ANDY THOMAS: Fun, Games Galore At Winter Carnival
This past weekend saw the 97th Dartmouth Winter Carnival, at which students thumb their noses at old man winter and throw a 96-hour weekend party complete with ice statues, skiing and other interesting competitions that assist them in braving the severe cold and the steady pressures of schoolwork.
I happened to be there, as this year's Carnival coincided with Club Officers' Weekend, in which I was a participant. Being there was a major dosage of rejuvenation for which I am always grateful. Some of the activities included a polar bear swim in Occum Pond at a chill factor of minus 2 degrees. Martha Stewart once attended this event (don't ask me why), where 200 participants and 400 spectators engage in the activity in which the ice has to be broken to allow it to proceed.
The brothers of Chi Heorot (formerly Chi Phi) hold an annual Carnival treat known as the "Kountry Kwencher" party, which includes the appearance of live farm animals and bales of hay, amongst other decorations. Live pigs (literal ones, according to The Dartmouth) were seen in the basement until a few years ago. The Dartmouth is America's oldest college newspaper, founded in 1799.
Unfortunately, Kountry Kwencher got quenched this year because they were on probation for some unspeakable reason. One brother publicly related, "Probation is a pain. My pong (beer ping pong) skills are suffering, my dance moves are getting rusty, and it's harder to wheel (don't know what that means) attractive girls at other frats."
Other social occasions at Carnival include the Kappa Delta Epsilon Tackies festivity, where participants dress up in all their favorite colors, textures and styles to create an outfit that keeps them warm with "enough sequins to distract fellow party goers from the fact that your bottom layer is long underwear."
SAE, my old fraternity, has a more or less formal party where women wear high heels and little black dresses but on their way to and from wear warm sweatpants underneath, with more suitable shoes to get through the snow and ice.
Alpha Chi Alpha does a beach party, and Sigma Nu has an "Early '80s" fest encouraging the use of spandex and "scrunchies." Theta Delta offers a Pig Roast. Some say that when you're partying like this, the best costume is a sleeping bag because not only does it offer warmth but also "you'll never know when you need a makeshift bed."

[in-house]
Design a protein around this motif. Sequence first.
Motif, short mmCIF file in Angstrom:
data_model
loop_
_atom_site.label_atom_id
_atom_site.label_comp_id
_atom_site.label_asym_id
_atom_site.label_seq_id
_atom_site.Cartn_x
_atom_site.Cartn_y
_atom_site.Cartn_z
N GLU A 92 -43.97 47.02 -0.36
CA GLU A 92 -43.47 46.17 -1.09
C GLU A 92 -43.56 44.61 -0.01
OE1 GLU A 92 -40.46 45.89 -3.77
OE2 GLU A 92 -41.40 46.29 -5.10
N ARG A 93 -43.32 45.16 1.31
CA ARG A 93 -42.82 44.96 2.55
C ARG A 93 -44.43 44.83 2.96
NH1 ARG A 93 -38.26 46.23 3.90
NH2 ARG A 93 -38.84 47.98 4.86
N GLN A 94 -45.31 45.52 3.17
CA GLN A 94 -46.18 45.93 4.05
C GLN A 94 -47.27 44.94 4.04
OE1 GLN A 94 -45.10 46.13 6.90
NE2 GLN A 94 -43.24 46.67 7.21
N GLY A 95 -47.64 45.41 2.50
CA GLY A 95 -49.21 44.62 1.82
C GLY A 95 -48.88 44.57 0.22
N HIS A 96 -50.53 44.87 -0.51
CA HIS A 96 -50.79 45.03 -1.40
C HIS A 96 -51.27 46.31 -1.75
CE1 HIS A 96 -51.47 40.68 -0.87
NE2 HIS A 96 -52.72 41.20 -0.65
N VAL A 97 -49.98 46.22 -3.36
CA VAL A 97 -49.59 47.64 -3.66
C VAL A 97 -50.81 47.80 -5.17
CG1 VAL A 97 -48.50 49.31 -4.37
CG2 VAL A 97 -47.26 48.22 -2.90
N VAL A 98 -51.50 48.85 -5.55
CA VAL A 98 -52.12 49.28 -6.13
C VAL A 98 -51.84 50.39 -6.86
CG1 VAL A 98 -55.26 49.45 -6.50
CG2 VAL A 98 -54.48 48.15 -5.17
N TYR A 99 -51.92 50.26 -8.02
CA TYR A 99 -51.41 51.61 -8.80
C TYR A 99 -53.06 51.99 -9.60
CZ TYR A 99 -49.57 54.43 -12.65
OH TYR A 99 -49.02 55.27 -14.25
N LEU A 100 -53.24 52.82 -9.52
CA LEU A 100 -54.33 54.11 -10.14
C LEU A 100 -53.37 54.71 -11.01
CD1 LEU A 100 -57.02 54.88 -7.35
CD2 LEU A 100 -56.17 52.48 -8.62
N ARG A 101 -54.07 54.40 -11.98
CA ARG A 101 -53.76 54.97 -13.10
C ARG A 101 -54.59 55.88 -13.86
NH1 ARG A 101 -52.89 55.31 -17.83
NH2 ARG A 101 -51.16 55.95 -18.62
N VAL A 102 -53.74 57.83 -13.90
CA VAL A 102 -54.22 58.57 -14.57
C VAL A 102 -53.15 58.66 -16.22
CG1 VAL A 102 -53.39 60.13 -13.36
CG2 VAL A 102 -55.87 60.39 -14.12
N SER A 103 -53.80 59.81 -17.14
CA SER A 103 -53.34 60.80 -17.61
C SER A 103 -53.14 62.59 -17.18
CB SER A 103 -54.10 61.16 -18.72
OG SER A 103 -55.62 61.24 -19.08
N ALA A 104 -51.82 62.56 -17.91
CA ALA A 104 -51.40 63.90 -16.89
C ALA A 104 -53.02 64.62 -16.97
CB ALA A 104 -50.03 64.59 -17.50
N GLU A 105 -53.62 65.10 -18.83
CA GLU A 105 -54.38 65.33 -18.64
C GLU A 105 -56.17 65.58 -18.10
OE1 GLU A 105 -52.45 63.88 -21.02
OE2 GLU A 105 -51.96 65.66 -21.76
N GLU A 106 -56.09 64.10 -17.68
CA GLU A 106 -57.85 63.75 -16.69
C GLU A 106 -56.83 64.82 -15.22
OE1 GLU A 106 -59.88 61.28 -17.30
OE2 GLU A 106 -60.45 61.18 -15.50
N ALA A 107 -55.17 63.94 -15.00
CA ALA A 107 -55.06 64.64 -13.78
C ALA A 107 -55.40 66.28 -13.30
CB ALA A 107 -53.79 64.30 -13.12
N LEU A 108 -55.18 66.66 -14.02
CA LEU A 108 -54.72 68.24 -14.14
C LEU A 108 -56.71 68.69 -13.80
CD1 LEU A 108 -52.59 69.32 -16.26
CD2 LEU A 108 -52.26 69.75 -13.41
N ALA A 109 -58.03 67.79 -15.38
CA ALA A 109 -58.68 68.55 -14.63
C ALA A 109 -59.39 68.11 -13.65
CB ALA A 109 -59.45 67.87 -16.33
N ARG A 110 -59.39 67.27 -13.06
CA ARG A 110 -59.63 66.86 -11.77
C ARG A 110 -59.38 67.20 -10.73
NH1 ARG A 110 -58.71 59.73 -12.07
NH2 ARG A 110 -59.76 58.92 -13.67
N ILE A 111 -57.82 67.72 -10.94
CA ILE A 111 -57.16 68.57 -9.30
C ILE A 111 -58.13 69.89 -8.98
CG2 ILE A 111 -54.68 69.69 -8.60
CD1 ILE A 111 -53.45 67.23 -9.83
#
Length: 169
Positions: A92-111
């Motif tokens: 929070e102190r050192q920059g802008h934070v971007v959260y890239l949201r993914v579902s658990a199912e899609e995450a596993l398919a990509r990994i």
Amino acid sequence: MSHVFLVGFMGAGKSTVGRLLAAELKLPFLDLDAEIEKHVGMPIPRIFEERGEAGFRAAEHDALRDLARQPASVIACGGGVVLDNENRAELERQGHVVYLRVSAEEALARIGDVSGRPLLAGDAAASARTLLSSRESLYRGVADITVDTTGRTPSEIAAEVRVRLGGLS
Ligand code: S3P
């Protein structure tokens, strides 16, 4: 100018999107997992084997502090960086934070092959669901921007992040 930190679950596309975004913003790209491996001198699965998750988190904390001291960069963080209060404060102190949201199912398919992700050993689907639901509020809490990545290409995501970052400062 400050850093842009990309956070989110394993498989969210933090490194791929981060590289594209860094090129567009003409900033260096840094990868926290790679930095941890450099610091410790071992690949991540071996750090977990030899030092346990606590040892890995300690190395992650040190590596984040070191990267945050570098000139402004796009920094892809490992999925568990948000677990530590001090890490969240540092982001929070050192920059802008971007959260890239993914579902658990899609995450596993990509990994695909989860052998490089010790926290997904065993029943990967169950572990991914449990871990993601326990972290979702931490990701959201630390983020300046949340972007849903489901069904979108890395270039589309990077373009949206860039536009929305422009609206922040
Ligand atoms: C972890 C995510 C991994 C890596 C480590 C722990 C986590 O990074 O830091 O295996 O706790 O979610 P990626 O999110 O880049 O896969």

Author Budd Schulberg (Dartmouth '36) wrote the words to "Winter Carnival," a 1939 movie filmed at Dartmouth. Schulberg brought along his colleague, F. Scott Fitzgerald, who enjoyed himself so much at Carnival that he was fired from the set and ended up in a detox hospital.
My most memorable Carnival was in 1958, when I invited a very attractive blonde friend who was very well proportioned and loved to party. Thoughts of her arrival distracted me from my Friday afternoon final exam in physics. I had spent days on memorizing physics formulae only to open my test booklet to find them all referenced there. I knew I had done poorly, but I had my Carnival date to look forward to.
She arrived at the White River train station and looked stunning. It was time to forget about the physics exam and head for the frat house, where we chugged a few suds. By 8 p.m., she had disappeared into the arms of another and I was left empty-handed. This was not an uncommon practice, unfortunately. Just wasn't my day. I later found out that I not only had done poorly on the test, but also failed the course.
On this trip to Hanover, I learned a few interesting things based on a survey of the Class of 2010. Fourteen thousand students applied for admission to that class, and only 15 percent were accepted. And 1,081 showed up last fall for their freshman year. Forty-eight percent are males, with 52 percent female. Two-thirds came from public schools, with a pretty even distribution geographically.
About 30 percent are students of color, including 4 percent Native-Americans. Dartmouth was founded by Eleazor Wheelock in 1769 as a school primarily for Indians. Thirty-two percent of the class were high school valedictorians and 91 percent were in the top 10 percent of their class.
Twelve percent of the class are the first ones in their family ever to attend college, while 11 percent are legacies, or ones whose relatives were (are) Dartmouth graduates. Forty-five percent receive financial aid. The tuition, room and board is about $50,000 per year.
I partook of a neat college activity called "TASTE" (Take a Student to Eat). I was very lucky in having Alisa Yamasaki '08 join me for a private luncheon at the Norwich Inn across the river in Vermont. When I read that her major was molecular biology, I figured it would be a brief meal and conversation. Not at all.
This young lady, whose home is Boulder, Colo., fascinated me with numerous talents and interests. She is an accomplished musician with piano and viola. She is a swimmer and is delightfully conversant with an average old man like me. We became friends almost immediately.
Alisa and I made another date for 18 months from now, when she'll be graduating and I'll be at my 50th reunion, God willing.
I came away from the weekend thinking, "Why can't the world be like Dartmouth College?" (Apologies to all my Irish, Eli, Nittany, Longhorn, Sooner, etc., buds.)
Andy Thomas lives in Pinehurst. You can reach him at email@example.com.
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